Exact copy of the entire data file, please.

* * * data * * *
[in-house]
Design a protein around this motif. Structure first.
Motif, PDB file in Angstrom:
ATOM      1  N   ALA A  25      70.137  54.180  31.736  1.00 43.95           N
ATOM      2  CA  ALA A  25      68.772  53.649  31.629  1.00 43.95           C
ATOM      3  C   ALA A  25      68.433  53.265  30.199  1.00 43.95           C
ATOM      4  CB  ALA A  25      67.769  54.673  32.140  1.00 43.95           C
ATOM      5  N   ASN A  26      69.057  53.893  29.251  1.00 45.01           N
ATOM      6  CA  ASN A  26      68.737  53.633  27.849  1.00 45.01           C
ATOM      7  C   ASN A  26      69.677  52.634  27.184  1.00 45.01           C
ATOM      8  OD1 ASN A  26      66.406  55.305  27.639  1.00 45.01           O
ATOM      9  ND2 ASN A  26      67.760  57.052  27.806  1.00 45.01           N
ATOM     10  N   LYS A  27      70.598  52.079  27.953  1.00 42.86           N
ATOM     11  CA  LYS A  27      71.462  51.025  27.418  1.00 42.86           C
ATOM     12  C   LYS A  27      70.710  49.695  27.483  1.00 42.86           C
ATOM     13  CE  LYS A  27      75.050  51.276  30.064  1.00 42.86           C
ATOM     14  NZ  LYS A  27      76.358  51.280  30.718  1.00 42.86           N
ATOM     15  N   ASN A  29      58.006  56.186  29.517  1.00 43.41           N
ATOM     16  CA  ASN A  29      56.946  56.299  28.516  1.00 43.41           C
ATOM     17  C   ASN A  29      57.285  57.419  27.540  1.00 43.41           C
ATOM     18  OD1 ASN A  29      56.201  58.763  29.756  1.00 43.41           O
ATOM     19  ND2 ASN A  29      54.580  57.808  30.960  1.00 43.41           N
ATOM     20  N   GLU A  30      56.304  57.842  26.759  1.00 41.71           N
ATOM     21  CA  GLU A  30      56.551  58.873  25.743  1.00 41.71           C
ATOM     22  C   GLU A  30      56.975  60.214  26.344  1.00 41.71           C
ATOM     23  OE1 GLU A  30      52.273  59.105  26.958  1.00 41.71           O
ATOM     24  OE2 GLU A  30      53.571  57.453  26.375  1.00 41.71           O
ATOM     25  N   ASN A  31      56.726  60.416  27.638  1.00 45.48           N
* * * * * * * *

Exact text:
[in-house]
Design a protein around this motif. Structure first.
Motif, PDB file in Angstrom:
ATOM      1  N   ALA A  25      70.137  54.180  31.736  1.00 43.95           N
ATOM      2  CA  ALA A  25      68.772  53.649  31.629  1.00 43.95           C
ATOM      3  C   ALA A  25      68.433  53.265  30.199  1.00 43.95           C
ATOM      4  CB  ALA A  25      67.769  54.673  32.140  1.00 43.95           C
ATOM      5  N   ASN A  26      69.057  53.893  29.251  1.00 45.01           N
ATOM      6  CA  ASN A  26      68.737  53.633  27.849  1.00 45.01           C
ATOM      7  C   ASN A  26      69.677  52.634  27.184  1.00 45.01           C
ATOM      8  OD1 ASN A  26      66.406  55.305  27.639  1.00 45.01           O
ATOM      9  ND2 ASN A  26      67.760  57.052  27.806  1.00 45.01           N
ATOM     10  N   LYS A  27      70.598  52.079  27.953  1.00 42.86           N
ATOM     11  CA  LYS A  27      71.462  51.025  27.418  1.00 42.86           C
ATOM     12  C   LYS A  27      70.710  49.695  27.483  1.00 42.86           C
ATOM     13  CE  LYS A  27      75.050  51.276  30.064  1.00 42.86           C
ATOM     14  NZ  LYS A  27      76.358  51.280  30.718  1.00 42.86           N
ATOM     15  N   ASN A  29      58.006  56.186  29.517  1.00 43.41           N
ATOM     16  CA  ASN A  29      56.946  56.299  28.516  1.00 43.41           C
ATOM     17  C   ASN A  29      57.285  57.419  27.540  1.00 43.41           C
ATOM     18  OD1 ASN A  29      56.201  58.763  29.756  1.00 43.41           O
ATOM     19  ND2 ASN A  29      54.580  57.808  30.960  1.00 43.41           N
ATOM     20  N   GLU A  30      56.304  57.842  26.759  1.00 41.71           N
ATOM     21  CA  GLU A  30      56.551  58.873  25.743  1.00 41.71           C
ATOM     22  C   GLU A  30      56.975  60.214  26.344  1.00 41.71           C
ATOM     23  OE1 GLU A  30      52.273  59.105  26.958  1.00 41.71           O
ATOM     24  OE2 GLU A  30      53.571  57.453  26.375  1.00 41.71           O
ATOM     25  N   ASN A  31      56.726  60.416  27.638  1.00 45.48           N